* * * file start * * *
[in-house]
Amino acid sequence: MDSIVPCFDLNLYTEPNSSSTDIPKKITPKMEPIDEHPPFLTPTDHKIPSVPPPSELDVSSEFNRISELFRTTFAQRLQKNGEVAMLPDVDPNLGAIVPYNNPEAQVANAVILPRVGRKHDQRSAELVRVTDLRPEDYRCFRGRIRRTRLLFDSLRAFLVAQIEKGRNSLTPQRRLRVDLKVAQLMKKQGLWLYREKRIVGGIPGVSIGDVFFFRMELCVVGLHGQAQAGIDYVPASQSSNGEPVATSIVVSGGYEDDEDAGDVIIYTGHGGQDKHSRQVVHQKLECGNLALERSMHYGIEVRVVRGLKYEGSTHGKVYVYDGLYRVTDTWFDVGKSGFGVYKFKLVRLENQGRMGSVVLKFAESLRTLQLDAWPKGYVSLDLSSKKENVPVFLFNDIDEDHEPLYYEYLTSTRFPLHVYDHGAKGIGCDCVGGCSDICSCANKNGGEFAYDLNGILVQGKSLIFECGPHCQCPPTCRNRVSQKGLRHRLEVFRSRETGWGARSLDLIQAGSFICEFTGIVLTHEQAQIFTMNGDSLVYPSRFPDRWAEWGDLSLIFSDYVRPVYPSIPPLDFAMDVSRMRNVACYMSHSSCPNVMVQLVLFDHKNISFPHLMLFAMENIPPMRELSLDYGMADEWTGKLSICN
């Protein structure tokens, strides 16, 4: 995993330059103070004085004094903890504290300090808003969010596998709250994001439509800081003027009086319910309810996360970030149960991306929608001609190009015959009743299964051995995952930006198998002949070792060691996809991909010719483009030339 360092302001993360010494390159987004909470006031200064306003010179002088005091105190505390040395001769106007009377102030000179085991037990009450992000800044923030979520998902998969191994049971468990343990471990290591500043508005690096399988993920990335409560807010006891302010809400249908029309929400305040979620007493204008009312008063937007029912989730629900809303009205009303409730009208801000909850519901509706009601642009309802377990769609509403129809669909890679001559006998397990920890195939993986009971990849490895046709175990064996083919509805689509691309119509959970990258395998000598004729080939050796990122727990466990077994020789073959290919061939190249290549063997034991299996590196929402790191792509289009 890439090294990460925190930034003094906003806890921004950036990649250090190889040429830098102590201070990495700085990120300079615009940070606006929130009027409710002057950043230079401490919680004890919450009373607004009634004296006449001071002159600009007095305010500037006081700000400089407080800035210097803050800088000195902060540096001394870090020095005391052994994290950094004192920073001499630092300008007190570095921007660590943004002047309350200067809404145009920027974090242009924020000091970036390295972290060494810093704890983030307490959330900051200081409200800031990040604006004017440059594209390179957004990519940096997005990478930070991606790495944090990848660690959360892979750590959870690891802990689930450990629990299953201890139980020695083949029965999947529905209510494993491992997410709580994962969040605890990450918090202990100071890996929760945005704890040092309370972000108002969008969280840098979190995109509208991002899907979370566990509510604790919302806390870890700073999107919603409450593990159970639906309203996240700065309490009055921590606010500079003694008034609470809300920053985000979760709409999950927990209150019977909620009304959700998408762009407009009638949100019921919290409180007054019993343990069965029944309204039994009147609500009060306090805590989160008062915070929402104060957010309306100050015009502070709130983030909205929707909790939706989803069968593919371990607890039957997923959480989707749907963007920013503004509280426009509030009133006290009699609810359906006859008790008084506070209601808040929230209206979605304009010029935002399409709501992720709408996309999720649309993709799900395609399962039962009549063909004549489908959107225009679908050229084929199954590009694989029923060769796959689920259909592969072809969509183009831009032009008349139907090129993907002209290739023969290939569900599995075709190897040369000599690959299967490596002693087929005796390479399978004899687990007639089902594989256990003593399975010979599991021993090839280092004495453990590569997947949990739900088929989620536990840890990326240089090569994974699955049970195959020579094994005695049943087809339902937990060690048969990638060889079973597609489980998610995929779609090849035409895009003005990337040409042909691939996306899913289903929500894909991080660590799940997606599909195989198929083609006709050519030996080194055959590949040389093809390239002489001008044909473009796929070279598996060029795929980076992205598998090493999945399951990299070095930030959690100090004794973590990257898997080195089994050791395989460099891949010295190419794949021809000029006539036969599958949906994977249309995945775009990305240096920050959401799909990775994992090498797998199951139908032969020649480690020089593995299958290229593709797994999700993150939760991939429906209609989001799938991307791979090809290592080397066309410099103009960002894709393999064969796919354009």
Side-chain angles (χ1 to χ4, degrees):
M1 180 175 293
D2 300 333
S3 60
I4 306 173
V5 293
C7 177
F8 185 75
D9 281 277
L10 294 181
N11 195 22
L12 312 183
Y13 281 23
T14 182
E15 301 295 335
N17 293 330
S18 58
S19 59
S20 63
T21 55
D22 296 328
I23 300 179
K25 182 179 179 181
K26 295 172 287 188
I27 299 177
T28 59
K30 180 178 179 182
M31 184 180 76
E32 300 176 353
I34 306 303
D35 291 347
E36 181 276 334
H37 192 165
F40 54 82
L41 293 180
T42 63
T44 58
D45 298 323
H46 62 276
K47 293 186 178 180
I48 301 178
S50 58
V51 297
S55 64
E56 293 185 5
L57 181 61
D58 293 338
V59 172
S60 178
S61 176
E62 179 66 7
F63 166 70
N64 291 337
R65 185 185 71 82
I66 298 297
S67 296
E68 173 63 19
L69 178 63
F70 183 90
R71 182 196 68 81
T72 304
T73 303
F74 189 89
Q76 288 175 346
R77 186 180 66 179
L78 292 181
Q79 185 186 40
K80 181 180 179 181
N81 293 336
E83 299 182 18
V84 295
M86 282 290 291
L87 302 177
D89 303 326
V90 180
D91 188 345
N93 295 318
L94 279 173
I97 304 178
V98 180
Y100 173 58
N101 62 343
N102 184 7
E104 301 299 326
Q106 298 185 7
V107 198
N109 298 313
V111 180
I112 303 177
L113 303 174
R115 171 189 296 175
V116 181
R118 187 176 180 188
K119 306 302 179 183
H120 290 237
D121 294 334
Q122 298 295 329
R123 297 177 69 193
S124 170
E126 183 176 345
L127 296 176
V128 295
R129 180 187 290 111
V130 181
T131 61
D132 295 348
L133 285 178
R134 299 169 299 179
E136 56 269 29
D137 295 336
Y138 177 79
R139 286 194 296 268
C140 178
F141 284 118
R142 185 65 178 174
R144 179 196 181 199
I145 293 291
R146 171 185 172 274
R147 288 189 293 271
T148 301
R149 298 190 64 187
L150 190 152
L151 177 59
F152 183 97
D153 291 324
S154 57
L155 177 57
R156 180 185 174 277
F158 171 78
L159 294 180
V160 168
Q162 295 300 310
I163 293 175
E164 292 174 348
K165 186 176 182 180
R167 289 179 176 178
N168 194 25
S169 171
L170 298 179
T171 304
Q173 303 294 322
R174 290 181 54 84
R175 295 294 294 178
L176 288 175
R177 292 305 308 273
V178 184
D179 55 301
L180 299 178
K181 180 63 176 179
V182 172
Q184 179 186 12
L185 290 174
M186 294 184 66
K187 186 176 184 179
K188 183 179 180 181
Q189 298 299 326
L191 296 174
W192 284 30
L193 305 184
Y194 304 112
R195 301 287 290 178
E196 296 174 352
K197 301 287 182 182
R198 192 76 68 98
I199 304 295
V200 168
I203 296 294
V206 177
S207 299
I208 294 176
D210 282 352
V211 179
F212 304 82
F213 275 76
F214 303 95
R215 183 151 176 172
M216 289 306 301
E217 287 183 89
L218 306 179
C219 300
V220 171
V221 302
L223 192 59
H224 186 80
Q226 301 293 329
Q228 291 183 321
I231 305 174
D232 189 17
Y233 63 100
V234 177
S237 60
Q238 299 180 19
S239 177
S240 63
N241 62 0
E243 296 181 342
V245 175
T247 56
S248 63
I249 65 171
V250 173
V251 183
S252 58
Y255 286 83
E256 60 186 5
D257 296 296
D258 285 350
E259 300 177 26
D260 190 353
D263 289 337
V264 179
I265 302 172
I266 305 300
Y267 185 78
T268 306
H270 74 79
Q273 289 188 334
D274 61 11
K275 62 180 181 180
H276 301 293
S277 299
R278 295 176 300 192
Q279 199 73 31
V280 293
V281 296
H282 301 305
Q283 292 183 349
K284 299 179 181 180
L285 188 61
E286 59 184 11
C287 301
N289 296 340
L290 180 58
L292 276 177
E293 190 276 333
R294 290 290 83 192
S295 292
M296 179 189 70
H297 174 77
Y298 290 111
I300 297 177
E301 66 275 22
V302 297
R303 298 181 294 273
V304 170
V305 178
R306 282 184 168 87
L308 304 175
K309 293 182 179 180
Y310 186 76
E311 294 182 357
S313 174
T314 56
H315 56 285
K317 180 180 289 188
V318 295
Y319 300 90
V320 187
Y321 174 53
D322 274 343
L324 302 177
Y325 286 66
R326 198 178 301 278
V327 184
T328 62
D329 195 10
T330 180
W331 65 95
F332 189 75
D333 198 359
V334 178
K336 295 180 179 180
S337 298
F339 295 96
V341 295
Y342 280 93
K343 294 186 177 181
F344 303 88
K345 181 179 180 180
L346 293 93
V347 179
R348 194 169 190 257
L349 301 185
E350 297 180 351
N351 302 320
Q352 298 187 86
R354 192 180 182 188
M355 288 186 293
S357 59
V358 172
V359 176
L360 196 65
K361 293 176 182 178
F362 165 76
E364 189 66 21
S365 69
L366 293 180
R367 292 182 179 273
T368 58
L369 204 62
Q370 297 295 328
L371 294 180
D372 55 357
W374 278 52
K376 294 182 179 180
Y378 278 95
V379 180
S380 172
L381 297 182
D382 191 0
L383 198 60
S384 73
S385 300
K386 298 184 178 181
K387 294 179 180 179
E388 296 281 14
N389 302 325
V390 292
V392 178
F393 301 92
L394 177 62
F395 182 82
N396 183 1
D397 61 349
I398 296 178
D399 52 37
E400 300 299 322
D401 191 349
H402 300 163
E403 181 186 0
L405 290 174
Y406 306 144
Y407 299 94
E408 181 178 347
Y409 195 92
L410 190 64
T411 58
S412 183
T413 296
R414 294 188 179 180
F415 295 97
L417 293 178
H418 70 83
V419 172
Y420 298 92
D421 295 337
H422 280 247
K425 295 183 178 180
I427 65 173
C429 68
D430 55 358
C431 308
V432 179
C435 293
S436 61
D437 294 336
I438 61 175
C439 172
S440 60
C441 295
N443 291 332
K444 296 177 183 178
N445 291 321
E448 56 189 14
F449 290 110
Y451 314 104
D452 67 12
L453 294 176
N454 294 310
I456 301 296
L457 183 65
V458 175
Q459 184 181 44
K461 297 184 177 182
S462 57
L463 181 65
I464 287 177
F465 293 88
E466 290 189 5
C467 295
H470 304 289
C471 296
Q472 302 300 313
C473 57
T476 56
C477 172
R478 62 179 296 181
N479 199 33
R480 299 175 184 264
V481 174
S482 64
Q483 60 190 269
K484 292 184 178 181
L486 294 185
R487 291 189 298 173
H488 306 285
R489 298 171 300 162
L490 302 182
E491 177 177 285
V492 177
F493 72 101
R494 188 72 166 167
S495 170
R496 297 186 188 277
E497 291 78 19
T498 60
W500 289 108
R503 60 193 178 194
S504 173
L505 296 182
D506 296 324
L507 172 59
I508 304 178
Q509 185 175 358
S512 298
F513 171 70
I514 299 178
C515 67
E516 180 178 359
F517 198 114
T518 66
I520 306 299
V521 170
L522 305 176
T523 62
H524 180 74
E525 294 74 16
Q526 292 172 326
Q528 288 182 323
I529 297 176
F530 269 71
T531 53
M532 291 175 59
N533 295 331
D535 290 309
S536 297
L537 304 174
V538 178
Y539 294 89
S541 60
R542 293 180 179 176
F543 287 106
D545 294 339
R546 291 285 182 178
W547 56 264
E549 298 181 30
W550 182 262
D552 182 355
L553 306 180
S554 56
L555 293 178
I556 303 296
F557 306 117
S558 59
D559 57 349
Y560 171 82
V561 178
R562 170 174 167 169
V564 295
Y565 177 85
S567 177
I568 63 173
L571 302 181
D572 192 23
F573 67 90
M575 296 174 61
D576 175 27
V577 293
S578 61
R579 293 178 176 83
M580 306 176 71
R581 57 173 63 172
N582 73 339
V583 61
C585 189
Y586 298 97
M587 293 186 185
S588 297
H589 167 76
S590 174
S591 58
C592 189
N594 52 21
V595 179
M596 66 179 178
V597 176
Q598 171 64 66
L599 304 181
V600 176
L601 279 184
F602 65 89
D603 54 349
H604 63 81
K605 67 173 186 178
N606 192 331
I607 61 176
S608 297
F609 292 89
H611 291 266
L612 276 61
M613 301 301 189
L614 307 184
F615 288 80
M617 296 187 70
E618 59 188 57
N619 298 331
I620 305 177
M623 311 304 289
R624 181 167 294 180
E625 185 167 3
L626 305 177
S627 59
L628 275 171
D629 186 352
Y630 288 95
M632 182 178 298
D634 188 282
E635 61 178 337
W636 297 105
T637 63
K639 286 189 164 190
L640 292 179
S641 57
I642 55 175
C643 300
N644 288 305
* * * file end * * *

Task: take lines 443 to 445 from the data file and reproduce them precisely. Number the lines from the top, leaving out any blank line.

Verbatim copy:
S541 60
R542 293 180 179 176
F543 287 106